Friday, March 25, 2011

Back in the Backyard Garden: Planning

I have a backyard again. My old backyard where my Dad and I built a raised wooden bed around the perimeter of the concrete patio, and assembled a curving continuous brick wall bed around the perimeter of the yard, against the fence. I used to grow some vegetables and flowers here. Mainly tomatoes, and many perennial flowers, which still remain: lupines, brown eyed susans, columbine, a white bleeding heart, some hosta lilies.

He built a large trellis on the west side of the fence, where he grew morning glories. I plan on growing them there again this year. I also plan on building more trellises for my climbing scarlet runner beans and winter squash on the north end of the yard.

I learned lupines are nitrogen fixers and am glad about their presence in the perimeter beds. Not only are they beautiful but they have another function in the garden by fixing atmospheric nitrogen into the soil and turning it into plant available form via bacterial nodules on the roots.

I am going to experiment with interplanting vegetables and herbs among the beds which have held only flowers up until now. Why not yield the benefits of the nitrogen rich soil the lupines have been creating for years now?

I have been planning my vegetable bed since February. I bought seeds at the Guelph Organic Conference and will be getting a few more varieties at Seedy Sunday. The brands of the organic seeds I have bought are Urban Harvest and The Cottage Gardener.

An initial garden plan (draft). Bed drawn to scale to allow spacing of plants according to their mature size. Square feet = 48.
Jeavons' "How to Grow More Vegetables" informs of useful companion plantings included in my design: strawberries with onions and spinach, kale with beets, carrots with peas, carrots with leeks and chives, basil with peppers and tomatoes

I have many projects I want to do and techniques I want to implement in my backyard garden. Among these are:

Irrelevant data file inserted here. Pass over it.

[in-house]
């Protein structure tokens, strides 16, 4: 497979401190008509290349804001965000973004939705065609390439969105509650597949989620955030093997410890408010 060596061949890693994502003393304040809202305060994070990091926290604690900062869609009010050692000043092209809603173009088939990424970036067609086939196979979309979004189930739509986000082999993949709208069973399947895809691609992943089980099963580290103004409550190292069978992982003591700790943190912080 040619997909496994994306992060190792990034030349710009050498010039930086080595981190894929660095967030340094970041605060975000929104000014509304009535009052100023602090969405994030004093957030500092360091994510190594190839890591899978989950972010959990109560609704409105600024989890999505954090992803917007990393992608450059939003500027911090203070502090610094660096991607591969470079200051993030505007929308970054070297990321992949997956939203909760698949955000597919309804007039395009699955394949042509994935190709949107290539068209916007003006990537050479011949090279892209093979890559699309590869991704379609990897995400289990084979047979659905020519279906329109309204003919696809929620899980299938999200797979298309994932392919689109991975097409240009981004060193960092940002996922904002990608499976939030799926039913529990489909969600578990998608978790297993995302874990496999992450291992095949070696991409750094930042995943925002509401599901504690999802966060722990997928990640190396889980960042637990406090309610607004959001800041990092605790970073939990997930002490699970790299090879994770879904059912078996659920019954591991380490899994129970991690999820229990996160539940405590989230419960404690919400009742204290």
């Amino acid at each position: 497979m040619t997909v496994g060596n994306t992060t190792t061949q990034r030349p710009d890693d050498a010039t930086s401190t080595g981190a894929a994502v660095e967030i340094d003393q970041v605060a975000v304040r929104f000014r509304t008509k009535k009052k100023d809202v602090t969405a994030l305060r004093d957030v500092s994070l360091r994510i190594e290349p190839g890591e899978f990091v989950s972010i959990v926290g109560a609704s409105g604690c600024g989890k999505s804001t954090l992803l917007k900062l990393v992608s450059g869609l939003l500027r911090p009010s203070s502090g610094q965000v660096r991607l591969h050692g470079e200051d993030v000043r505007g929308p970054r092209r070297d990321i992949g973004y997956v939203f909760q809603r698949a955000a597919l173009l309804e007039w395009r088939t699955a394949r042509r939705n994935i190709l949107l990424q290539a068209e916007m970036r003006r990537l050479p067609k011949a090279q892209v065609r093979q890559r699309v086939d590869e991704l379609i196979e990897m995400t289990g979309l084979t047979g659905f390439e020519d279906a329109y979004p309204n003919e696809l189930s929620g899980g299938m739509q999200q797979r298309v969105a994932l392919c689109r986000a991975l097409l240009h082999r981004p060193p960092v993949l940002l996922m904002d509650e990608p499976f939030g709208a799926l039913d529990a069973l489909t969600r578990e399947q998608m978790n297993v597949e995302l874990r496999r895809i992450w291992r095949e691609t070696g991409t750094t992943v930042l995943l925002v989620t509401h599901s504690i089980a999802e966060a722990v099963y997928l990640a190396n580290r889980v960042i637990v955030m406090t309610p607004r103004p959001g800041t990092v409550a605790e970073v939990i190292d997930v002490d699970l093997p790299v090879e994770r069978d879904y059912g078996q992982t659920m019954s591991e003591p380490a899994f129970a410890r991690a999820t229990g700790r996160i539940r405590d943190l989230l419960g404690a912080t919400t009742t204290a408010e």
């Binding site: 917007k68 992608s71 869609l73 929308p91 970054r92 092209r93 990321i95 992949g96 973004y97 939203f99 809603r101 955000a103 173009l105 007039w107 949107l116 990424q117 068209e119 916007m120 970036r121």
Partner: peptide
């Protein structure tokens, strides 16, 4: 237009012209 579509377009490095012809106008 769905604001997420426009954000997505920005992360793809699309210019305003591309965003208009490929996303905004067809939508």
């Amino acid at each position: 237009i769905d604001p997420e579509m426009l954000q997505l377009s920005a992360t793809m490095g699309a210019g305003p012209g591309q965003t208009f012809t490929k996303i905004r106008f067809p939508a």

• The hugelkultur bed - a raised bed and vertical garden space
  • Trellises - to cover the fence in dense foliage of beans
  • Polyculture vs. Row culture - a comparison in methods of planting
  • Interplanting & Companion planting - to make best use of space, availability of light and soil nutrients and to create symbiotic relationships between plants to enhance growth and health of plants
  • Mulching - heavily on all beds, likely using fallen leaves. Retains moisture, reduces weed pressure, provides a great environment for soil organisms to create healthy soil
  • Composters - actively using and maintaining the 2 in my yard.
  • Flowers - planting more to attract beneficial insects. Cosmos, nasturtium, echinacea, milkweed, sunflowers
  • Mapping and identifying all plants in the garden
  • Seed saving
I have already started some seedlings and will be starting some more in the next couple of weeks. Although I have a fairly good idea of where I want to plant things in my beds, I know my plan will evolve and change as it manifests. I am interested to see what succeeds, what fails, and how techniques I have learned about work in reality. I will document my evolving backyard garden on this blog, so if you enjoy it please read and share your thoughts and experiences!

Broccoli seedlings thrive under florescent light, with New Zealand spinach and chives behind

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